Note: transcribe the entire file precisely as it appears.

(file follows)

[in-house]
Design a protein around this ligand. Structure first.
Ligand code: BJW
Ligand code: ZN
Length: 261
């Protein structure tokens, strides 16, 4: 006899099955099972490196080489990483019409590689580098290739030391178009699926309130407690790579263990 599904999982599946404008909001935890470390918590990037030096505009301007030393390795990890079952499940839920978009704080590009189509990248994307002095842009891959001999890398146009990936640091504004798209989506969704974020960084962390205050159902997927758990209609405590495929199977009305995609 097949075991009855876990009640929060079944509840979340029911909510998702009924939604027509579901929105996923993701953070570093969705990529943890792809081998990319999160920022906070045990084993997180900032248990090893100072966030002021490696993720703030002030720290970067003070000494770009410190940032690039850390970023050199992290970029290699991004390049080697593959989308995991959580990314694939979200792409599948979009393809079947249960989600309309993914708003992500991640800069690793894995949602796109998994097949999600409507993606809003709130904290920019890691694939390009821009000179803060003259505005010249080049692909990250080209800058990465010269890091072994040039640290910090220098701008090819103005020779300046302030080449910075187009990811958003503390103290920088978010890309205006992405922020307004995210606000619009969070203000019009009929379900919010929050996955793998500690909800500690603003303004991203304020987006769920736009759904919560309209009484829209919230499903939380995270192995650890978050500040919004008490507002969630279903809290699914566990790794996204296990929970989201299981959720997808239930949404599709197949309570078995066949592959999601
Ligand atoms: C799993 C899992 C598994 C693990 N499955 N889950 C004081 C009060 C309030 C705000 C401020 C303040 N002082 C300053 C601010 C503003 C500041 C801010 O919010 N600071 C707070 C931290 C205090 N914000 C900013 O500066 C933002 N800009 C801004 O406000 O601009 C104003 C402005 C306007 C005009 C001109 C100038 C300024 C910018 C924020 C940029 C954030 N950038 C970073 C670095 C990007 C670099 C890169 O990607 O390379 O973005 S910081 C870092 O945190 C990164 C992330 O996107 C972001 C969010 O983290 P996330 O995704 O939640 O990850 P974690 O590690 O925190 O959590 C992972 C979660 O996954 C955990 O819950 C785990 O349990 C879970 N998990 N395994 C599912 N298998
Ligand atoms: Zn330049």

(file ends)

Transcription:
[in-house]
Design a protein around this ligand. Structure first.
Ligand code: BJW
Ligand code: ZN
Length: 261
């Protein structure tokens, strides 16, 4: 006899099955099972490196080489990483019409590689580098290739030391178009699926309130407690790579263990 599904999982599946404008909001935890470390918590990037030096505009301007030393390795990890079952499940839920978009704080590009189509990248994307002095842009891959001999890398146009990936640091504004798209989506969704974020960084962390205050159902997927758990209609405590495929199977009305995609 097949075991009855876990009640929060079944509840979340029911909510998702009924939604027509579901929105996923993701953070570093969705990529943890792809081998990319999160920022906070045990084993997180900032248990090893100072966030002021490696993720703030002030720290970067003070000494770009410190940032690039850390970023050199992290970029290699991004390049080697593959989308995991959580990314694939979200792409599948979009393809079947249960989600309309993914708003992500991640800069690793894995949602796109998994097949999600409507993606809003709130904290920019890691694939390009821009000179803060003259505005010249080049692909990250080209800058990465010269890091072994040039640290910090220098701008090819103005020779300046302030080449910075187009990811958003503390103290920088978010890309205006992405922020307004995210606000619009969070203000019009009929379900919010929050996955793998500690909800500690603003303004991203304020987006769920736009759904919560309209009484829209919230499903939380995270192995650890978050500040919004008490507002969630279903809290699914566990790794996204296990929970989201299981959720997808239930949404599709197949309570078995066949592959999601
Ligand atoms: C799993 C899992 C598994 C693990 N499955 N889950 C004081 C009060 C309030 C705000 C401020 C303040 N002082 C300053 C601010 C503003 C500041 C801010 O919010 N600071 C707070 C931290 C205090 N914000 C900013 O500066 C933002 N800009 C801004 O406000 O601009 C104003 C402005 C306007 C005009 C001109 C100038 C300024 C910018 C924020 C940029 C954030 N950038 C970073 C670095 C990007 C670099 C890169 O990607 O390379 O973005 S910081 C870092 O945190 C990164 C992330 O996107 C972001 C969010 O983290 P996330 O995704 O939640 O990850 P974690 O590690 O925190 O959590 C992972 C979660 O996954 C955990 O819950 C785990 O349990 C879970 N998990 N395994 C599912 N298998
Ligand atoms: Zn330049």